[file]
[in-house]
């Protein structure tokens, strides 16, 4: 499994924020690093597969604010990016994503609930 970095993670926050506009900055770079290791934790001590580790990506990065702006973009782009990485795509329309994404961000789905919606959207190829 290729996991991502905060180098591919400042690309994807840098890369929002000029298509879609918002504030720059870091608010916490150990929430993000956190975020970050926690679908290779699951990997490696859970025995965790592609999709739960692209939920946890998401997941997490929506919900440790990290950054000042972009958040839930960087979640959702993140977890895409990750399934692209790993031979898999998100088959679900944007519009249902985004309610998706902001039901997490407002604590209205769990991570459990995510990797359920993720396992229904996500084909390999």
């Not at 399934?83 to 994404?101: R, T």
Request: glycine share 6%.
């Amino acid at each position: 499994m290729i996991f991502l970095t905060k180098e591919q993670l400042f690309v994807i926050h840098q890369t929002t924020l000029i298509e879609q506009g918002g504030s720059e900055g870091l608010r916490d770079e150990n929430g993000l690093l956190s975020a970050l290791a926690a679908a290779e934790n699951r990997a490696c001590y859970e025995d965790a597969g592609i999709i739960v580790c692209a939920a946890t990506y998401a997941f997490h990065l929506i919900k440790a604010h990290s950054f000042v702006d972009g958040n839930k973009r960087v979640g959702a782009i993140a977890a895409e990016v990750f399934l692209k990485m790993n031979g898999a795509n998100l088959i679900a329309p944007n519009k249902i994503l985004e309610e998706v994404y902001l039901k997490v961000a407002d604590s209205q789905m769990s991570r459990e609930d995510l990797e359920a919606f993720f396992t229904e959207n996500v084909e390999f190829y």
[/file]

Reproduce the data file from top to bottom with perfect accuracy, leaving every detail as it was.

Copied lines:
[in-house]
């Protein structure tokens, strides 16, 4: 499994924020690093597969604010990016994503609930 970095993670926050506009900055770079290791934790001590580790990506990065702006973009782009990485795509329309994404961000789905919606959207190829 290729996991991502905060180098591919400042690309994807840098890369929002000029298509879609918002504030720059870091608010916490150990929430993000956190975020970050926690679908290779699951990997490696859970025995965790592609999709739960692209939920946890998401997941997490929506919900440790990290950054000042972009958040839930960087979640959702993140977890895409990750399934692209790993031979898999998100088959679900944007519009249902985004309610998706902001039901997490407002604590209205769990991570459990995510990797359920993720396992229904996500084909390999």
């Not at 399934?83 to 994404?101: R, T």
Request: glycine share 6%.
């Amino acid at each position: 499994m290729i996991f991502l970095t905060k180098e591919q993670l400042f690309v994807i926050h840098q890369t929002t924020l000029i298509e879609q506009g918002g504030s720059e900055g870091l608010r916490d770079e150990n929430g993000l690093l956190s975020a970050l290791a926690a679908a290779e934790n699951r990997a490696c001590y859970e025995d965790a597969g592609i999709i739960v580790c692209a939920a946890t990506y998401a997941f997490h990065l929506i919900k440790a604010h990290s950054f000042v702006d972009g958040n839930k973009r960087v979640g959702a782009i993140a977890a895409e990016v990750f399934l692209k990485m790993n031979g898999a795509n998100l088959i679900a329309p944007n519009k249902i994503l985004e309610e998706v994404y902001l039901k997490v961000a407002d604590s209205q789905m769990s991570r459990e609930d995510l990797e359920a919606f993720f396992t229904e959207n996500v084909e390999f190829y």